a SIFF 2013 review
To’s Drug War a Fiery, Bullet-Riddled Procedural
Captain Zhang (Sun Honglei) has a nose big cases. When small time drug manufacturer Timmy Choi (Louis Koo) falls into his lap, he knows something major is coming his way. The methamphetamine maker is facing a death sentence, and he’s not about to go down willingly, making a deal with the driven cop to help him hunt down the brains behind one of China’s largest and most profitable drug trafficking operations.
It’s not exactly an original plot, but don’t hold that against director Jonnie To’s (Election, Exiled) first mainland China production Drug War. The movie is a kinetic kick in the pants, it’s eyes pinpointed directly on the tactics employed by the police to exact what they see as justice no matter what the collateral damage. One part procedural, another part old Hollywood gangster shoot-‘em-up, the whole thing is a punchy, bullet-riddled opus of angst and machismo that ends up being one heck of a lot of fun.
Not that it makes a ton of sense. For as great a police officer as he is supposed to be, Zhang does some incredibly stupid things, putting not just his team but his entire unit in jeopardy more often than seems reasonable. His relationship with Choi is built on a trust that doesn’t feel entirely earned, making the impacts of the ultimate tragedies to come not nearly as effective as they might have been had To utilized a more delicate or nuanced hand.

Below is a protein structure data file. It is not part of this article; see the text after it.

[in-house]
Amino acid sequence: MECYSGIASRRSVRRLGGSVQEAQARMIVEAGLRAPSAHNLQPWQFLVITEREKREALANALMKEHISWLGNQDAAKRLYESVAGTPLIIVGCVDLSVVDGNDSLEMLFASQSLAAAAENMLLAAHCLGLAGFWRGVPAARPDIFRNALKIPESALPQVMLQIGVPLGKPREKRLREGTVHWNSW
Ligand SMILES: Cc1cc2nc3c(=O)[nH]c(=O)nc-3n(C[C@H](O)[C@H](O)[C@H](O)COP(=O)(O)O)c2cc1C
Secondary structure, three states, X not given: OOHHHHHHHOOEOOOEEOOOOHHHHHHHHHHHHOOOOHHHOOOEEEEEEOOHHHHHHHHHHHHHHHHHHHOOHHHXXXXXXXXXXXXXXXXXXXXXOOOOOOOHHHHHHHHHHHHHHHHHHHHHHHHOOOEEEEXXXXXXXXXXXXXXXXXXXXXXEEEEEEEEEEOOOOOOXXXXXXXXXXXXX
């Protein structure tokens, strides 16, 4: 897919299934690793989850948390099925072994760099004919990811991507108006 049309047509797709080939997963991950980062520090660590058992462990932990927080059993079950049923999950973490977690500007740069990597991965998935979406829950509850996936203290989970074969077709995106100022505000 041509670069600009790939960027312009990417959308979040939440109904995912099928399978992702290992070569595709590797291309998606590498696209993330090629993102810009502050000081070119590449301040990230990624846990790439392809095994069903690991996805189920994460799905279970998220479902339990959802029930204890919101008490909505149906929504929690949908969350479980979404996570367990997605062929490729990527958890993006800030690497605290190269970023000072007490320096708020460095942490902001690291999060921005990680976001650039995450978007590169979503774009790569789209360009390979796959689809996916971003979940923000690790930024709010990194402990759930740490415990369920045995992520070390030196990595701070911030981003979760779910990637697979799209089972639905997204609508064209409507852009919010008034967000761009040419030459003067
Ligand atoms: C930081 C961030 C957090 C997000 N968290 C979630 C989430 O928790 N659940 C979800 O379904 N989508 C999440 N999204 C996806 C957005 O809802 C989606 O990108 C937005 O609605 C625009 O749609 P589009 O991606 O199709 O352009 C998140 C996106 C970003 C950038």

Not that subtlety is something he has frequently traveled in at any point in the past. He likes to see the bullets fly, to have the melodramatics heightened and the energy level kept at a fevered pitch. Sometimes this works great (see Election), other times it works in direct opposition to the story being told, everything combining to make To an intriguingly hyperbolic talent whose films are always worthy of watching even if they’re not always memorable.
In the case of Drug War, this sort of touch works surprisingly well. The script’s shortcomings are apparent early on yet Zhang and Choi’s march of death, turmoil and destruction is still continually fascinating. The ways things are layered together is grandiosely intense, the reveal as to who is the money behind all the mayhem suitably over the top yet also believably captivating.
But it is To’s talent for destruction that’s best on display. Heroes fall, villains are mowed down in a hail of bullets and bystanders are fodder for gory catastrophe, all of it happening in the blink of an eye. Through it all, the focus remains on Zhang and Choi throughout, the final strains of their relationship as mesmerizingly intense as it is suitably caustic.
I wish all of this wasn’t so familiar, and the blurry lines separating cop from criminal aren’t as fuzzy as I’d personally have liked them to be. But the climax is kind of wonderful, the last scene a showstopper that stays true to both the story being told as well as to the character involved. Drug War doesn’t fire off every round in the clip but don’t let that fool you, this action-thriller hybrid isn’t shooting a single blank.
Film Rating: 3 (out of 4)